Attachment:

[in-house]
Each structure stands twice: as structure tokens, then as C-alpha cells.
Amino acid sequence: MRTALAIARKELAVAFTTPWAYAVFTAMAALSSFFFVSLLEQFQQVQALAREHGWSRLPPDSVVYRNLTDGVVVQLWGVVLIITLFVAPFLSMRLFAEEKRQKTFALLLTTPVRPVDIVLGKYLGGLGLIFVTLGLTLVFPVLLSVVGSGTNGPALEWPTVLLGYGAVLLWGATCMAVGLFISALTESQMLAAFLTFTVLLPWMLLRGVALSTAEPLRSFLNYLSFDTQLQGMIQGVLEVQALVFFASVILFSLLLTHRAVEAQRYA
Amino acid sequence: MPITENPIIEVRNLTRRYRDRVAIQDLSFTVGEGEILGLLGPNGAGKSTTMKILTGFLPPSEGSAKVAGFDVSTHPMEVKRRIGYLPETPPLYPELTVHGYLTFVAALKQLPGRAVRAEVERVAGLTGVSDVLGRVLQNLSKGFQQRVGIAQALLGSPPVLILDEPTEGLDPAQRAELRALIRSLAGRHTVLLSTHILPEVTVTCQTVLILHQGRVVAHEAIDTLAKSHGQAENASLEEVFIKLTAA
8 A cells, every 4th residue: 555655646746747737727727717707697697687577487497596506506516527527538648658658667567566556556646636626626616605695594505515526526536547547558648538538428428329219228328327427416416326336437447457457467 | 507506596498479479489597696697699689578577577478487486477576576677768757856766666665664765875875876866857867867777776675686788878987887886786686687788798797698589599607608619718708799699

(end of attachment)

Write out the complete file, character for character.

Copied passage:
[in-house]
Each structure stands twice: as structure tokens, then as C-alpha cells.
Amino acid sequence: MRTALAIARKELAVAFTTPWAYAVFTAMAALSSFFFVSLLEQFQQVQALAREHGWSRLPPDSVVYRNLTDGVVVQLWGVVLIITLFVAPFLSMRLFAEEKRQKTFALLLTTPVRPVDIVLGKYLGGLGLIFVTLGLTLVFPVLLSVVGSGTNGPALEWPTVLLGYGAVLLWGATCMAVGLFISALTESQMLAAFLTFTVLLPWMLLRGVALSTAEPLRSFLNYLSFDTQLQGMIQGVLEVQALVFFASVILFSLLLTHRAVEAQRYA
Amino acid sequence: MPITENPIIEVRNLTRRYRDRVAIQDLSFTVGEGEILGLLGPNGAGKSTTMKILTGFLPPSEGSAKVAGFDVSTHPMEVKRRIGYLPETPPLYPELTVHGYLTFVAALKQLPGRAVRAEVERVAGLTGVSDVLGRVLQNLSKGFQQRVGIAQALLGSPPVLILDEPTEGLDPAQRAELRALIRSLAGRHTVLLSTHILPEVTVTCQTVLILHQGRVVAHEAIDTLAKSHGQAENASLEEVFIKLTAA
8 A cells, every 4th residue: 555655646746747737727727717707697697687577487497596506506516527527538648658658667567566556556646636626626616605695594505515526526536547547558648538538428428329219228328327427416416326336437447457457467 | 507506596498479479489597696697699689578577577478487486477576576677768757856766666665664765875875876866857867867777776675686788878987887886786686687788798797698589599607608619718708799699